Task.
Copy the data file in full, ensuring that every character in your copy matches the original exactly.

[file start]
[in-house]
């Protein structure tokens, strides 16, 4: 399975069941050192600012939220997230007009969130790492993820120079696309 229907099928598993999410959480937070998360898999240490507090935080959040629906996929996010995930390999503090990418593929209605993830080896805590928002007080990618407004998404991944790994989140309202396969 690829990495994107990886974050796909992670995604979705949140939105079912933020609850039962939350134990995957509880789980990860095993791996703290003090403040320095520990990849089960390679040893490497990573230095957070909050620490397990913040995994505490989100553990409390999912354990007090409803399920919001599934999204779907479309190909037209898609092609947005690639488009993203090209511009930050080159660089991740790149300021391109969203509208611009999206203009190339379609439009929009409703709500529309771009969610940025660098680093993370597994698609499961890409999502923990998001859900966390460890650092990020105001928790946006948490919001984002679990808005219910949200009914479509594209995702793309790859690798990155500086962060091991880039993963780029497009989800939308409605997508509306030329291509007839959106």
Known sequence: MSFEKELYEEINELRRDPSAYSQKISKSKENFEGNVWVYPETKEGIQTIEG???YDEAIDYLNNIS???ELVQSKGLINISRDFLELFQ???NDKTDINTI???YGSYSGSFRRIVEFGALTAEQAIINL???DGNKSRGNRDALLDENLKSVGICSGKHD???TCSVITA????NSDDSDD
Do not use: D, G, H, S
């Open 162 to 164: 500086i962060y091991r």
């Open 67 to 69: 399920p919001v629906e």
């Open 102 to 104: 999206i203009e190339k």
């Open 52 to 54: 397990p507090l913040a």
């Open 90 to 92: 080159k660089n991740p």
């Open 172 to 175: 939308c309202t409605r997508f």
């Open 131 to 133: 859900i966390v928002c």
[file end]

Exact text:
[in-house]
């Protein structure tokens, strides 16, 4: 399975069941050192600012939220997230007009969130790492993820120079696309 229907099928598993999410959480937070998360898999240490507090935080959040629906996929996010995930390999503090990418593929209605993830080896805590928002007080990618407004998404991944790994989140309202396969 690829990495994107990886974050796909992670995604979705949140939105079912933020609850039962939350134990995957509880789980990860095993791996703290003090403040320095520990990849089960390679040893490497990573230095957070909050620490397990913040995994505490989100553990409390999912354990007090409803399920919001599934999204779907479309190909037209898609092609947005690639488009993203090209511009930050080159660089991740790149300021391109969203509208611009999206203009190339379609439009929009409703709500529309771009969610940025660098680093993370597994698609499961890409999502923990998001859900966390460890650092990020105001928790946006948490919001984002679990808005219910949200009914479509594209995702793309790859690798990155500086962060091991880039993963780029497009989800939308409605997508509306030329291509007839959106």
Known sequence: MSFEKELYEEINELRRDPSAYSQKISKSKENFEGNVWVYPETKEGIQTIEG???YDEAIDYLNNIS???ELVQSKGLINISRDFLELFQ???NDKTDINTI???YGSYSGSFRRIVEFGALTAEQAIINL???DGNKSRGNRDALLDENLKSVGICSGKHD???TCSVITA????NSDDSDD
Do not use: D, G, H, S
């Open 162 to 164: 500086i962060y091991r």
């Open 67 to 69: 399920p919001v629906e």
């Open 102 to 104: 999206i203009e190339k």
């Open 52 to 54: 397990p507090l913040a």
């Open 90 to 92: 080159k660089n991740p």
């Open 172 to 175: 939308c309202t409605r997508f």
């Open 131 to 133: 859900i966390v928002c």